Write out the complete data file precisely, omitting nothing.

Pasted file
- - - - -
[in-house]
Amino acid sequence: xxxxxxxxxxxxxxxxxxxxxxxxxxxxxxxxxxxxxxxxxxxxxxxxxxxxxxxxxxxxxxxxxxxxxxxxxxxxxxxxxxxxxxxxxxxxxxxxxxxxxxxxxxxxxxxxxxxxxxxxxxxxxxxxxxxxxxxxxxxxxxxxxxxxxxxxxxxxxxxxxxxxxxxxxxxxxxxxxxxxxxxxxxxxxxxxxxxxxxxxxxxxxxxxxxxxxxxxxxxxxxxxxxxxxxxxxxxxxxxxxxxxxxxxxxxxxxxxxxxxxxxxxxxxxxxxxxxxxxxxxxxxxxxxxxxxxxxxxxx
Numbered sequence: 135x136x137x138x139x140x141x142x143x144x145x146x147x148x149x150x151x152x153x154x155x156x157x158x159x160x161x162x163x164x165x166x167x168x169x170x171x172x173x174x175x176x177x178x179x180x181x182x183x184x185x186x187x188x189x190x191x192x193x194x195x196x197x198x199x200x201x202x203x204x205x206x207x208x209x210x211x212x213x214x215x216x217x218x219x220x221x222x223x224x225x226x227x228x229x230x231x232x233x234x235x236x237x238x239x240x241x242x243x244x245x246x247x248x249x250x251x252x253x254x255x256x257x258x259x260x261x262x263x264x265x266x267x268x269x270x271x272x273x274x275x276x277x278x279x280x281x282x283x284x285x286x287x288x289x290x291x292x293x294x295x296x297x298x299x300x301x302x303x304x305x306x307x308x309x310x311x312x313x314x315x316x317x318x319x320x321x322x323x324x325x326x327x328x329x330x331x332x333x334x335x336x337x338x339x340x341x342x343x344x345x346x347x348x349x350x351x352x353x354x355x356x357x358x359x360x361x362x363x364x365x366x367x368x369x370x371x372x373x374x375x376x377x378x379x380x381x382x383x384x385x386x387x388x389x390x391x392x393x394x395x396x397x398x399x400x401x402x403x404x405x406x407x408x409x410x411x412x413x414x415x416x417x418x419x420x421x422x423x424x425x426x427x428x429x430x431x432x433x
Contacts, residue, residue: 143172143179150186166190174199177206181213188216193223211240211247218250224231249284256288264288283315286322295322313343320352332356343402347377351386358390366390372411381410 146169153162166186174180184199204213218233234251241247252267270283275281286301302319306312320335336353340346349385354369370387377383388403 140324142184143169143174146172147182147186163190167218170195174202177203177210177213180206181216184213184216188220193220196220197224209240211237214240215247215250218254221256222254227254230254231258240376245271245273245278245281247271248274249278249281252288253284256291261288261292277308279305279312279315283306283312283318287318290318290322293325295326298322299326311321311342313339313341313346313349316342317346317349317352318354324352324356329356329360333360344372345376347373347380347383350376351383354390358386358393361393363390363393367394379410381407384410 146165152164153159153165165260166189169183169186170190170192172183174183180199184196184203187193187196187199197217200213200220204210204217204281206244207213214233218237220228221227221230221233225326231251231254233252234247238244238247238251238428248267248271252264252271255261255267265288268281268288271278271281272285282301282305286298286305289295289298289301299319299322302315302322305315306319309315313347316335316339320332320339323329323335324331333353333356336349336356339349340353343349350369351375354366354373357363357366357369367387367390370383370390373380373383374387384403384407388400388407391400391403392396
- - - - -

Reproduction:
[in-house]
Amino acid sequence: xxxxxxxxxxxxxxxxxxxxxxxxxxxxxxxxxxxxxxxxxxxxxxxxxxxxxxxxxxxxxxxxxxxxxxxxxxxxxxxxxxxxxxxxxxxxxxxxxxxxxxxxxxxxxxxxxxxxxxxxxxxxxxxxxxxxxxxxxxxxxxxxxxxxxxxxxxxxxxxxxxxxxxxxxxxxxxxxxxxxxxxxxxxxxxxxxxxxxxxxxxxxxxxxxxxxxxxxxxxxxxxxxxxxxxxxxxxxxxxxxxxxxxxxxxxxxxxxxxxxxxxxxxxxxxxxxxxxxxxxxxxxxxxxxxxxxxxxxxx
Numbered sequence: 135x136x137x138x139x140x141x142x143x144x145x146x147x148x149x150x151x152x153x154x155x156x157x158x159x160x161x162x163x164x165x166x167x168x169x170x171x172x173x174x175x176x177x178x179x180x181x182x183x184x185x186x187x188x189x190x191x192x193x194x195x196x197x198x199x200x201x202x203x204x205x206x207x208x209x210x211x212x213x214x215x216x217x218x219x220x221x222x223x224x225x226x227x228x229x230x231x232x233x234x235x236x237x238x239x240x241x242x243x244x245x246x247x248x249x250x251x252x253x254x255x256x257x258x259x260x261x262x263x264x265x266x267x268x269x270x271x272x273x274x275x276x277x278x279x280x281x282x283x284x285x286x287x288x289x290x291x292x293x294x295x296x297x298x299x300x301x302x303x304x305x306x307x308x309x310x311x312x313x314x315x316x317x318x319x320x321x322x323x324x325x326x327x328x329x330x331x332x333x334x335x336x337x338x339x340x341x342x343x344x345x346x347x348x349x350x351x352x353x354x355x356x357x358x359x360x361x362x363x364x365x366x367x368x369x370x371x372x373x374x375x376x377x378x379x380x381x382x383x384x385x386x387x388x389x390x391x392x393x394x395x396x397x398x399x400x401x402x403x404x405x406x407x408x409x410x411x412x413x414x415x416x417x418x419x420x421x422x423x424x425x426x427x428x429x430x431x432x433x
Contacts, residue, residue: 143172143179150186166190174199177206181213188216193223211240211247218250224231249284256288264288283315286322295322313343320352332356343402347377351386358390366390372411381410 146169153162166186174180184199204213218233234251241247252267270283275281286301302319306312320335336353340346349385354369370387377383388403 140324142184143169143174146172147182147186163190167218170195174202177203177210177213180206181216184213184216188220193220196220197224209240211237214240215247215250218254221256222254227254230254231258240376245271245273245278245281247271248274249278249281252288253284256291261288261292277308279305279312279315283306283312283318287318290318290322293325295326298322299326311321311342313339313341313346313349316342317346317349317352318354324352324356329356329360333360344372345376347373347380347383350376351383354390358386358393361393363390363393367394379410381407384410 146165152164153159153165165260166189169183169186170190170192172183174183180199184196184203187193187196187199197217200213200220204210204217204281206244207213214233218237220228221227221230221233225326231251231254233252234247238244238247238251238428248267248271252264252271255261255267265288268281268288271278271281272285282301282305286298286305289295289298289301299319299322302315302322305315306319309315313347316335316339320332320339323329323335324331333353333356336349336356339349340353343349350369351375354366354373357363357366357369367387367390370383370390373380373383374387384403384407388400388407391400391403392396